Friday, 20 January 2012

Shoe Shelves & Geographies of Home

Not a lot happening at the moment - although there are claims to much going on behind the scenes...we're hoping to pay an invoice for our triple glazed windows and doors pretty soon and the design-builder is finishing all the drawings in a rush to get started a week on Monday. Here's hoping.

In the meantime I'm reading a lot about geographies of home, this morning was Jacobs and Merriman's 2011 "Practicing architectures" and Mallet's 1991 sociology review article on the literature of home. The first made a case for the prefix 'practising' as something capable of animating architecture - attention to activity and embodiment versus the accomplishment of a (or set of) human(s). In doing so the authors make room for a number of different particpants in design and architecure: the obvious being the architect and the occupier or user, others being visitors, animals, maintenance, fungi, and the weather. Jacobs and Merriman also therefore allow for differing forms of inhabitation - living (eating, sleeping and other specific or combined activities), working, visiting, fixing, passing by - of the same form of architecture.

The Mallet article spans a range of methods and approaches to the idea of 'home', few of which deal with the building of homes and houses (although there is a very brief mention of Heidegger's "Building, dwelling, thinking" and his idea of an inherent 'building' involved in 'dwelling' and approaches drawing upon it from Merleau-Ponty, Ginsberg, & Ingold). Mallet's description of the phenomenologist approach - one of doing and feeling home, rather than thinking about it (so involving ethnographic and indepth interviews as methodologies) as opposed to a social constructivist conception of the home, was a new binary to me...perhaps the traditions have been quite separate but (perhaps with 20 years of further study) they surely aren't incompatible?

Anway - it made me think about the porch in our place.

I once house and dog sat a house in Truckee, California. It was May and hot enough to sunbathe one morning and high enough to be covered in snow the next. The house was lovely, designed for movement it seemed, with cleverly placed windows and fluidly public and private spaces. The architect was a friend of the owners and a cafe's paper napkin with the first drawing on was framed on the wall. Other than Emma, the labrador, my favourite bit was the porch, or entrance really. It was a three sided room covered in coat hooks and I suspect one long bench going around all three walls (in my head I see the bench as also having boxes for shoes and boots but these may have just gone underneath and I have superimposed them on - see below!) It seemed so emminently practical but also, more unusually, terribly up front. And ever since I have liked the idea of the everyday being sort of plainly beautiful.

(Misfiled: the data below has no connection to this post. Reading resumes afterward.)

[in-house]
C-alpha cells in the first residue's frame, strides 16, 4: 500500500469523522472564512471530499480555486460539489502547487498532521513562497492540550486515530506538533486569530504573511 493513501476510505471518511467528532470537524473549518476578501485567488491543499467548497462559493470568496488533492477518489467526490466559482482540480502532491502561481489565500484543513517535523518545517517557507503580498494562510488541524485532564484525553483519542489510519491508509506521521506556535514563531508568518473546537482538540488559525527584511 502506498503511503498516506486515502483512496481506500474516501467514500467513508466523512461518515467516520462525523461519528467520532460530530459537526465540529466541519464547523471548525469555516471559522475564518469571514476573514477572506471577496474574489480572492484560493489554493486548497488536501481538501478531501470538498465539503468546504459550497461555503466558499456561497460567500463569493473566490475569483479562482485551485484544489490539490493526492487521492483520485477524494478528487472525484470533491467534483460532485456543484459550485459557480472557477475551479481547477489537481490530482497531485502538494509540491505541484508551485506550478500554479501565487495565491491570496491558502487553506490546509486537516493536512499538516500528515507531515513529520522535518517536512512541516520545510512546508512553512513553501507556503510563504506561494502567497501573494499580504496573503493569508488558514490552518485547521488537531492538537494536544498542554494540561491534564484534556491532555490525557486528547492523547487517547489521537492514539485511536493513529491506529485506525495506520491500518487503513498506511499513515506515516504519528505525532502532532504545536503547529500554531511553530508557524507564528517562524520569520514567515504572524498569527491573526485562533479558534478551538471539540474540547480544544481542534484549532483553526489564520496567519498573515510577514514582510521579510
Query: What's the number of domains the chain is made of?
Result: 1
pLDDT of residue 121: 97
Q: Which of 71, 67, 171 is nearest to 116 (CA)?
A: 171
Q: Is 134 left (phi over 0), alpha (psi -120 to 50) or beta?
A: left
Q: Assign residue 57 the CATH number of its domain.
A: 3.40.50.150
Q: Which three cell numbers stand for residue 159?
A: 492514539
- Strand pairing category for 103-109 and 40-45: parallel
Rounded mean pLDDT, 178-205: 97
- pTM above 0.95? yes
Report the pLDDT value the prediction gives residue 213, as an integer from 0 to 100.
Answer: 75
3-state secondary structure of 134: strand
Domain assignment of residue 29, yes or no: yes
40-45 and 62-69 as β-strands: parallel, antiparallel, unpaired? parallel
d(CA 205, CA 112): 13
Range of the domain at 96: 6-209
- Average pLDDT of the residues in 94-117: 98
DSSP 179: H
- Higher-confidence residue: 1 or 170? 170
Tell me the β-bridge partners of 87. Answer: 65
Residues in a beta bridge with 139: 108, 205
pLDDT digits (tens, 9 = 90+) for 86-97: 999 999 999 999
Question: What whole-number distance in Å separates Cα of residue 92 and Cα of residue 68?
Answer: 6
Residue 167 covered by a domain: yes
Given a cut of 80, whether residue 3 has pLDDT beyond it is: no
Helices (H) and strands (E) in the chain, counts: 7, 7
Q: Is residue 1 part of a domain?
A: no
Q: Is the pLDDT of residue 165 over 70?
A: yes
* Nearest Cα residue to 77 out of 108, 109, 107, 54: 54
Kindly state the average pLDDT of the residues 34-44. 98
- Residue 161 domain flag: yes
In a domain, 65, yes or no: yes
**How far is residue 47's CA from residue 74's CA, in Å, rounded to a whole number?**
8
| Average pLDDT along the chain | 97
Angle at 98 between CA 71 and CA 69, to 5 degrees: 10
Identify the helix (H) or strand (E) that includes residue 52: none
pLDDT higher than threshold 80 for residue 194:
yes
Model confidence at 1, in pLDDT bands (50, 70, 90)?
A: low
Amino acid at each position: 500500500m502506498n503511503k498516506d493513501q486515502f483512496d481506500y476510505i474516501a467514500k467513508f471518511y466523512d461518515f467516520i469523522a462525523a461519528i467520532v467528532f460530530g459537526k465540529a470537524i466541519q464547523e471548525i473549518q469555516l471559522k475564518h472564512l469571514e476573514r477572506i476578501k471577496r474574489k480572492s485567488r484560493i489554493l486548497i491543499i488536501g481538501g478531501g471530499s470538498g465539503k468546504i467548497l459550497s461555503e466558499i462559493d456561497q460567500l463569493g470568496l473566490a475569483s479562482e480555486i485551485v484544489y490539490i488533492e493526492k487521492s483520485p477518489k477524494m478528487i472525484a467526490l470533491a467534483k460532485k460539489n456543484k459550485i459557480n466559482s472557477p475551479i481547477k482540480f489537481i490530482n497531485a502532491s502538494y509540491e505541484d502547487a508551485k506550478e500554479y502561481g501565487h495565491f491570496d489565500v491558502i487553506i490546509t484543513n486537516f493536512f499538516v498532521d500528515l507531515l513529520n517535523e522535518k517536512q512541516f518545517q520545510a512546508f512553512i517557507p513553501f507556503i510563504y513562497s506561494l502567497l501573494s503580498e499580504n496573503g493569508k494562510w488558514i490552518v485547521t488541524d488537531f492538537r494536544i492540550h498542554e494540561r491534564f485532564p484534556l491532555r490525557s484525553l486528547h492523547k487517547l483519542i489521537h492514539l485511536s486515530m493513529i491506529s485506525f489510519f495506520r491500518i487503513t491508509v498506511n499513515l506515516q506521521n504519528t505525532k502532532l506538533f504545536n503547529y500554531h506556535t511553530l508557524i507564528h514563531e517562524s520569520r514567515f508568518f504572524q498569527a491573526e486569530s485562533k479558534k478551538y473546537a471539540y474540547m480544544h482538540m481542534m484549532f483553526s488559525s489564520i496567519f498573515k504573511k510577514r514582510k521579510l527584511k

Since then I have lived in a number a little flats with one and then two dogs and have always managed to make over the entrance to a space where boots, mud, and dog food are somewhat welcome - in porches, stairwells, and landings. Building a big (comparatively speaking) house it was assumed by architects we spoke to that all this action would be for the back door with the front providing the occasional visitor with a clean, impressive encounter with our home. Obviously we have had none of that. We have had to move the entrance to the side because of the size of the plot (and the dominance of car parking in planning new houses) but it will, I hope, be a place that our practice (twice a day) of getting ten legs in and out of the house when excited about walking or imminent breakfast/dinner (human legs included), muddy, sandy, wet, cold, or hot, will be welcomed. In my head I have dark, worn wood that doesn't mind if splattered. And I've managed somehow to describe to Rob a set of squarish dark wood shelves that every pair of shoes and boots can be stored in. Both because I will take a perverse pleausure in seeing that many pairs of shoes in their own place (imagine! in my head it is like those shoes selves at a bowling alley) and because then perhaps our ten legs won't trip and stumble and I can towel a muddy meg and rupert on our own bench, in the proper entrance to our house.

This is the one bit of the house I can see, and have been insistent about. The only other space that has come close is the office which I want to have a sofa in as well as a desk...knowing how I work! Rob is much better at thinking through practice - especially since he works at home. He can visualise and think through the kitchen and the storage spaces and doors and light and floorspace where he works. He works often with very large pieces of art so it is a good job he can think ahead! I know if I hadn't seen the entrance in Truckee I wouldn't have had anything to go on the one hand it feels like I know this need through the 'doing' of dog walking everyday and on the other I have had to employ someone else's idea, a different but still socially constituted idea of the out door lifestyle of a place very far away from west Wales but part of our cultural self identifying as outdoorsy people.

I know there will be pleasant and unpleasant surprises not sure what I'll blame these on.

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